Article via LegalTechNews, 12 January 2016

Photo:Assignments by Ryan Hyde [Creative Commons Attribution-NonCommercial-NoDerivs]


Making a change in diversity in the legal profession

When it comes to diversity in the law, the status quo is the reigning champion. At the start of the millennium, 88.1% of lawyers were Caucasian. 10 years later, 88.8% were white, according to the U.S. Census Bureau in the year 2000 and 2010, respectively. In other words, minorities in this profession have increased by less than 1% percent.

Bryan Stevenson’s TED talk discussion about America’s social justice system gained about 2 million views and a standing ovation. He hit 4 key points that are required for social change:

  1. We need to get proximate to injustice. “The only solutions that work are the ones that are developed when one has an up-close view of a problem.”
  2. Change the point of view. “What is really going on when, say, a 14-year-old black boy lashes out and throws a book at a teacher? Is the solution to incarcerate that child or to ask what happens to a child who has lived for 14 years surrounded by violence?”
  3.  Continue to be hopeful. “We give up on issues that we believe are hopeless, wrongs that we tell ourselves simply cannot be righted. ‘Injustice prevails when hopelessness persists.’”
  4. Get out of your comfort zone. “Whether it is the people who led or joined the civil rights movement (or any other movement that created large-scale change), each and every person made a decision at a critical juncture that they were willing to be uncomfortable and put themselves on the line.”

With diversity being the issue to address in the coming years, people should know that it is not self-executing. The solution is to create advocates and mentors to motivate people from all backgrounds to enter the legal profession. Recruiters should diversify their campus searches and seek intelligent people regardless of economic background. No law school hopeful should be turned away because of financial issues.

Without change, the statistics may stay the same. The next three graduating classes will contribute only about 1% more diversity to the profession. However, the generation of Millennials can breathe life into this homogeneity.

Article via Above the Law, December 11, 2015

Photo: Ceremonial Courtroom, Alfonse D’Amato Courthouse, Central Islip via Douglas Palmer [Creative Commons Attribution-NonCommercial-NoDerivs]


Disbarred judge says he will not resign

A disbarred New Mexico Judge is refusing to step down after being disbarred.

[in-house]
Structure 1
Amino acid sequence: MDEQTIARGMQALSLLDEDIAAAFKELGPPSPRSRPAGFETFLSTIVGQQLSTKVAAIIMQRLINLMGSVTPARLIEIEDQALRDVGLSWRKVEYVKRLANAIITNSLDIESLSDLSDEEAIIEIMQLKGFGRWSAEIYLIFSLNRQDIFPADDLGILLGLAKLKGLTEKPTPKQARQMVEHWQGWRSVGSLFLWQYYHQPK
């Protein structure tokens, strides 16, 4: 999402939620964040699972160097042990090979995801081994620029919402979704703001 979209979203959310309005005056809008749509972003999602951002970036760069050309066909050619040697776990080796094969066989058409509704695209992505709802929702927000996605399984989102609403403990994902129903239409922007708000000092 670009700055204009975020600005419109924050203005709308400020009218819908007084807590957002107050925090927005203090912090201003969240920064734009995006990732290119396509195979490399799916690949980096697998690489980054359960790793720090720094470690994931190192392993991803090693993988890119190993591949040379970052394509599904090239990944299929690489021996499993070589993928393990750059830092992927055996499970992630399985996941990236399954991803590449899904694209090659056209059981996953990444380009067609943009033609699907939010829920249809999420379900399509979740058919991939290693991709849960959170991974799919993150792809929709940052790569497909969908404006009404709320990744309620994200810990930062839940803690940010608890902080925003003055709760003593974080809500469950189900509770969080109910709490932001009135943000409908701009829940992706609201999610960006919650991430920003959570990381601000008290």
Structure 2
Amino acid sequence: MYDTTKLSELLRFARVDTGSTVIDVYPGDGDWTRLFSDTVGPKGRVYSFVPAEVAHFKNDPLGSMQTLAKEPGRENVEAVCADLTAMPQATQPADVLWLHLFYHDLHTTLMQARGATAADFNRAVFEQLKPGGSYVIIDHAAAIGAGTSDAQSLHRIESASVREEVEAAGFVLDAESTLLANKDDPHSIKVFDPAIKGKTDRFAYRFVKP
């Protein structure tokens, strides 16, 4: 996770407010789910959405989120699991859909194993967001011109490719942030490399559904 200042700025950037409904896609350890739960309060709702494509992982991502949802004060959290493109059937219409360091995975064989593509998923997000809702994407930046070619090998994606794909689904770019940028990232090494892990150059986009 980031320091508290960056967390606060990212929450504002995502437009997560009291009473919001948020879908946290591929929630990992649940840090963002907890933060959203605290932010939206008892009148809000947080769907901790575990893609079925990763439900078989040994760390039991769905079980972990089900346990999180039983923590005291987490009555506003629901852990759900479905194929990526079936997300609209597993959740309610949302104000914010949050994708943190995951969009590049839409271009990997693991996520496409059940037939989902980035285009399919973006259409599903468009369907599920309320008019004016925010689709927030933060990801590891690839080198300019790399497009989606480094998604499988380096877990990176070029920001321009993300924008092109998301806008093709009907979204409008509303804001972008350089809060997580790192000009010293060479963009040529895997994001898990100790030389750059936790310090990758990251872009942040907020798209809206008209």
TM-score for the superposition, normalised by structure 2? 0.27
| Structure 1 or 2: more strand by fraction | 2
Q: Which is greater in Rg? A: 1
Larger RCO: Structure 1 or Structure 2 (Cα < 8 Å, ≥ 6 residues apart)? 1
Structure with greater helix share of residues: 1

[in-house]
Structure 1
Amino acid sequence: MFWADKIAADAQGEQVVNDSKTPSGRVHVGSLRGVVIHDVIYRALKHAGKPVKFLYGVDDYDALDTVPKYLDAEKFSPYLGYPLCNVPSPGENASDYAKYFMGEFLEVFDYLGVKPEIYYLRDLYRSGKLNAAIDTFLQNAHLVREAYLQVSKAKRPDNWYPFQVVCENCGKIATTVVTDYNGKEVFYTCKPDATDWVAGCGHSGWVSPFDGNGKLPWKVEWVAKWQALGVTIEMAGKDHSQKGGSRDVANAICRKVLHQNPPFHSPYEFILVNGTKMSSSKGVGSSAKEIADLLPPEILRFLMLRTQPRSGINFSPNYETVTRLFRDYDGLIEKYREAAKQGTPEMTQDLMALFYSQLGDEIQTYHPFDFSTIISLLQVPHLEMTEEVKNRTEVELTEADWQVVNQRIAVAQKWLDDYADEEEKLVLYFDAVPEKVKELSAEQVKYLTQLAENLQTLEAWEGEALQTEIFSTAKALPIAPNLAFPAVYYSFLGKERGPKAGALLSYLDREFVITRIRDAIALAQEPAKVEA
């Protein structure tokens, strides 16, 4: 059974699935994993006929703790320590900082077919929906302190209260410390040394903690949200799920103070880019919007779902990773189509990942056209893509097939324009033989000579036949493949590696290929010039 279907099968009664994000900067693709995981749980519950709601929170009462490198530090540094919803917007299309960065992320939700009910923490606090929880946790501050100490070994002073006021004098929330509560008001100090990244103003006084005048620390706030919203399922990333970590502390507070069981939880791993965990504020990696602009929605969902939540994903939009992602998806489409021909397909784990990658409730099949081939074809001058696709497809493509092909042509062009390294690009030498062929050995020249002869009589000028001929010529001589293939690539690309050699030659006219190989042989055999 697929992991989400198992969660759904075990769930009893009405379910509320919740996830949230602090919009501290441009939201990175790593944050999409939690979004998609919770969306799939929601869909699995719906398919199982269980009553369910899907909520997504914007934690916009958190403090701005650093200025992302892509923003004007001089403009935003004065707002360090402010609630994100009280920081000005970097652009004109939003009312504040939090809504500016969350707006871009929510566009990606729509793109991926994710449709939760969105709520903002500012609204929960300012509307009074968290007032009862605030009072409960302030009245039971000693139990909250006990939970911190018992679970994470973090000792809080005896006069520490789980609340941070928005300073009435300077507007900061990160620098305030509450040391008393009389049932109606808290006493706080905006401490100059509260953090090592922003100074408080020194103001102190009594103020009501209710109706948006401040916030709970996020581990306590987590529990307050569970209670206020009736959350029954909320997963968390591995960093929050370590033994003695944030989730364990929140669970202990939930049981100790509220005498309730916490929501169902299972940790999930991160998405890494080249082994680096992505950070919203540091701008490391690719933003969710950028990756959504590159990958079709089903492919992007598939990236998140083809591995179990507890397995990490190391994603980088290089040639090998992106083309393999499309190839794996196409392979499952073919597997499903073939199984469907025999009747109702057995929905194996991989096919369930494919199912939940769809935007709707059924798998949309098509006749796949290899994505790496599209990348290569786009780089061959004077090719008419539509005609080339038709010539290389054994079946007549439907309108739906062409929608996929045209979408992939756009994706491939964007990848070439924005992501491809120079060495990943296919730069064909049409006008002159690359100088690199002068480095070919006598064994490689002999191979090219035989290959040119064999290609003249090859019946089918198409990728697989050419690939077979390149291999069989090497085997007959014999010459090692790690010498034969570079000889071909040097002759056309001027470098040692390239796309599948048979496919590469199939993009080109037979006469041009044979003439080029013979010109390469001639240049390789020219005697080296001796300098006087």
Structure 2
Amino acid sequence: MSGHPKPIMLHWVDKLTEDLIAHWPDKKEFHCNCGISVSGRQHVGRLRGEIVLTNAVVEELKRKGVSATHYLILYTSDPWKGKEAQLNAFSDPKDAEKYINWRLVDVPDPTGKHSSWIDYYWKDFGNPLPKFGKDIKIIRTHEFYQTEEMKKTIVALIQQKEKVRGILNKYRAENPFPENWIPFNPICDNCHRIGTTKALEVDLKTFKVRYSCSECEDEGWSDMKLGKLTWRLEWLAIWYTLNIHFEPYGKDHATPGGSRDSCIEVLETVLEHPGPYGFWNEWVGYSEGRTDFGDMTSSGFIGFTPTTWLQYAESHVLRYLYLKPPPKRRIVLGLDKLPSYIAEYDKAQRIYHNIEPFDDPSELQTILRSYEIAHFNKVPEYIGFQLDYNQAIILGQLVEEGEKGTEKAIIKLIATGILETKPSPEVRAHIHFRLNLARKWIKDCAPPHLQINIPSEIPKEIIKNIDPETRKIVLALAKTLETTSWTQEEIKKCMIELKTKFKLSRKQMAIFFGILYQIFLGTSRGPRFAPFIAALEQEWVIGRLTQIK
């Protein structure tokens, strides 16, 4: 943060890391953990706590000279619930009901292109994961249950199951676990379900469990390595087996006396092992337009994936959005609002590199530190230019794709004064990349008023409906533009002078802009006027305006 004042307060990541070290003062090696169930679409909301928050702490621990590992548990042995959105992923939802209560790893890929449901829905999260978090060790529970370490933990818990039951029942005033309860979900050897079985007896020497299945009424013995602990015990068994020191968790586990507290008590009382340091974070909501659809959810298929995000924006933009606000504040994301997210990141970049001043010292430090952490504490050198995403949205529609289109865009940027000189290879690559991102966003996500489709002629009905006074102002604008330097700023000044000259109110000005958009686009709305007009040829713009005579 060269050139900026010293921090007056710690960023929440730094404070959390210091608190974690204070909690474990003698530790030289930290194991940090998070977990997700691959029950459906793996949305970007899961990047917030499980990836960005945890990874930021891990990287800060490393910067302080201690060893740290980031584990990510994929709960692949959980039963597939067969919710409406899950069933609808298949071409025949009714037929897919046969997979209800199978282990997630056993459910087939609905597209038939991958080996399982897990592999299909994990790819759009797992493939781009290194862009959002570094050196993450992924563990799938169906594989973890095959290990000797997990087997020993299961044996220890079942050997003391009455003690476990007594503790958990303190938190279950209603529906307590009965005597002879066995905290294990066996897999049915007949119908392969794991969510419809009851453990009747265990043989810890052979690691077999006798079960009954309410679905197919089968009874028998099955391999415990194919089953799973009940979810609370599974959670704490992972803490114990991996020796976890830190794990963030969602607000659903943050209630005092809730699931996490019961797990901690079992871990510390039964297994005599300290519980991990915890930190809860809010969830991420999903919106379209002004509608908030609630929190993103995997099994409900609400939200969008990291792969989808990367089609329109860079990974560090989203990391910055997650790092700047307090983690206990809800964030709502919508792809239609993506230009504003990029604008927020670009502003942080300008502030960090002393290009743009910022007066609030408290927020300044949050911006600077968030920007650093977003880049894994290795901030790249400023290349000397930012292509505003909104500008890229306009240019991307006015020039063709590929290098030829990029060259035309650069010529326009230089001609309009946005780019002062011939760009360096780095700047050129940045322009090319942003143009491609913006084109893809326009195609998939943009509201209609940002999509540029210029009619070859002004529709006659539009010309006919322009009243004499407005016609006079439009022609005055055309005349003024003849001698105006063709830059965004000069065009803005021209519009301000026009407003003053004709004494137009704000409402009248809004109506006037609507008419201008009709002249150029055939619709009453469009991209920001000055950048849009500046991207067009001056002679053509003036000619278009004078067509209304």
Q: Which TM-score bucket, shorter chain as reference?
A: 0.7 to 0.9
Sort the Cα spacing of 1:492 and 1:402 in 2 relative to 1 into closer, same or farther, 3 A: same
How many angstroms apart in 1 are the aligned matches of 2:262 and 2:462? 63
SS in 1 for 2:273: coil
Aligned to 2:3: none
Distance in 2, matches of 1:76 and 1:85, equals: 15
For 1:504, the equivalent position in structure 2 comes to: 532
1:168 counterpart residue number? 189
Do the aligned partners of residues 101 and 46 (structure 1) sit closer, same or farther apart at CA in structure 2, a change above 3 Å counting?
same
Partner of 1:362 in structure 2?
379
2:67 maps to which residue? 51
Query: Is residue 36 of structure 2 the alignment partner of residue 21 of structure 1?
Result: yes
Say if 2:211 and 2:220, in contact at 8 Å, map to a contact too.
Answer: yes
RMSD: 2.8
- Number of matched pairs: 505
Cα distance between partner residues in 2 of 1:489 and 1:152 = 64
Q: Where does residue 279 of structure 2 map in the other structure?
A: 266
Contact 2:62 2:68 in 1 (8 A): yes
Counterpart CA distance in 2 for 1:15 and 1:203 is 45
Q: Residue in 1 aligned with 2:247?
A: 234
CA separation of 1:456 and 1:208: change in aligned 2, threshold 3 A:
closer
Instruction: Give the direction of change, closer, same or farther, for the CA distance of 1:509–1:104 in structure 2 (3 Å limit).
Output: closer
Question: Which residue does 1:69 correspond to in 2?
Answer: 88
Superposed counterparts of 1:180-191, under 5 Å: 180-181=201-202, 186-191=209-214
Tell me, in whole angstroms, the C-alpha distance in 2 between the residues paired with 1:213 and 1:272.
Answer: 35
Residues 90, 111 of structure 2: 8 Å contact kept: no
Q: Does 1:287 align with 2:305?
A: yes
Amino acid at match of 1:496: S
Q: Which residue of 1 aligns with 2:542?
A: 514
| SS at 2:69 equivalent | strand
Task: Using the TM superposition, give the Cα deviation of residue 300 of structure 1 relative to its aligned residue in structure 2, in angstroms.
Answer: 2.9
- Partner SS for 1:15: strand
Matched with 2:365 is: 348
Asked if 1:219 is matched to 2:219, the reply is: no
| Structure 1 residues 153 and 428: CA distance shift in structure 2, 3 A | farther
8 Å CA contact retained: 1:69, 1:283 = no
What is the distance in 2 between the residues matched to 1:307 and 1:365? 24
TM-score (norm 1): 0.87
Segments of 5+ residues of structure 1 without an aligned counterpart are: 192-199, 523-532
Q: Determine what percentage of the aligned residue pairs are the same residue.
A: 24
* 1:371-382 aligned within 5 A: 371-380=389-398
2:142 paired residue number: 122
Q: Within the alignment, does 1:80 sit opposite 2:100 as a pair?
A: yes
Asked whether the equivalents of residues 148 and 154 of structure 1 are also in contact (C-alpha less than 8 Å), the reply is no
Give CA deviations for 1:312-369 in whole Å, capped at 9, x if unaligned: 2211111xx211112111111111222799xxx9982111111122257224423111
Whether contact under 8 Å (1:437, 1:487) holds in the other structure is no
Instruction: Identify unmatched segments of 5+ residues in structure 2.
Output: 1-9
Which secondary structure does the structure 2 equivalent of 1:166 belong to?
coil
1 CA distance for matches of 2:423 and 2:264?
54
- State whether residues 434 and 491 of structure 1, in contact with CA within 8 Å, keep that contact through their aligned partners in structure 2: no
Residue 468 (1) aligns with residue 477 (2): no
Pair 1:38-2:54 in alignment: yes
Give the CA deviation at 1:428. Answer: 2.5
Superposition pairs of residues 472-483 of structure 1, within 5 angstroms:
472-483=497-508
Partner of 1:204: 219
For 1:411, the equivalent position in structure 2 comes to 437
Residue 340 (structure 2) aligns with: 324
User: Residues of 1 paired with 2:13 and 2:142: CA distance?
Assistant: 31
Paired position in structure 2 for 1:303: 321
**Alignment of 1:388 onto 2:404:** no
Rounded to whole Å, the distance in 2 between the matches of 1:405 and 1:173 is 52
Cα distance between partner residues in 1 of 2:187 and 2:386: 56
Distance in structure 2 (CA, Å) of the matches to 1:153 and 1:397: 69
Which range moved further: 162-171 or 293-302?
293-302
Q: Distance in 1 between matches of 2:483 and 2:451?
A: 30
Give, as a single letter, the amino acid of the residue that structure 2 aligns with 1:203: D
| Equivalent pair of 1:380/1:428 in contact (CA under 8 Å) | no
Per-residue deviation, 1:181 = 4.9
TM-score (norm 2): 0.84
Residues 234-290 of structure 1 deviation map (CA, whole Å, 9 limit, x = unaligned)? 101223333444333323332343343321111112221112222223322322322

Corrales Municipal Judge Luis Quintana was disbarred on July 1st by the New Mexico supreme court. The disbarment was for failing to turn over a settlement check to a client from a workers compensation case. The complaint was filed by Maria Ramos, one of the Judge’s former clients. A committee found that he used the money to pay debts that he owed to other clients instead of paying Ms. Ramos. The Judge contends that his disbarment has nothing to do with his job, therefore he has no intention of resigning.

Judge Quintana told the Albuquerque Journal that the case that resulted in the courts decision to disbar him happened before he was elected. Because of this, Quintana states that he is fully able to carry out his term, which ends in 2016. Despite his claims, the Judge is facing pressure to resign.

“People like myself who are lawyers or retired lawyers are quite alarmed, not only that it happened, but that it’s taken several months for it to become public knowledge…”, says Mayor Phil Gasteyer.  Mayor Gasteyer raised the issue of the disbarred Judge at a recent meeting of the village council. Since Quintana was elected to his position as Judge, he cannot be forced to vacate it. The Mayor plans to ask Judge Quintana for his resignation.

In response to the controversy Quintana stated, “Are people going to be disappointed? Sure. I’m disappointed, too. I’m disappointed because I didn’t serve Ms. Ramos as great as I should have, you know. But that was one instance in 30 years.”

 

Article via ABAJournal, 7 October 2015

Photo: Judges Desk Partial Desat via Matthew Paulson[Creative Commons Attribution-NonCommercial-NoDerivs]


Internet of things and risky legal questions

The Internet of Things (IoT) is the next revolution in tech. It promises to take devices and connect them together via the internet. Once these devices live together in a network, they will then be able to communicate to each other, machine-to-machine. This level of complexity introduces a new level of legal risk.

As it is today, if something goes wrong with your appliance then you can report to the manufacturer about the faulty product. The Internet of Things will complicate this straightforward matter. In the future, it may be that all parties involved can be held accountable for a product failure. This includes not only the manufacturer, but the internet service provider, the web hosted servers, etc.

This brings up a related issue, user contracts. Due to the legal complications of connecting smart devices, will manufactures for the users to void their contract if their product is connected? At the heart of this concern is data. What will happen if there is a data or security breach? Products connected via Internet of Things will share data. In the event of an attack, who will be legally responsible for the data breach and the fallout?

“The privacy implications are potentially huge,”says Trey Hanbury , an attorney that was interviewed about the formation of Internet of Things ecosystem.

Juniper Research suggest that the internet of things will lead to a more robust security model precisely for this reason. The ideal model would be able to shut down part of the network where an attack is happening without effecting the devices connected to other parts of the network.

What is clear is that lawyers need to get ready for a new period of legal risk and uncertainty due to the IoT revolution. Companies are already heavily investing in building more connected devices. By the year 2020, there is expected to be an infrastructure running that will support a heavily connected world. It will be an exciting time to sort out how the next generation of security and liability will be legally accessed when property has gone digital.

 Article via LegalTechNews, 4 September 2015

Photo: Brooklyn Community Board via Bryan Bruchman[Creative Commons Attribution-NonCommercial-NoDerivs]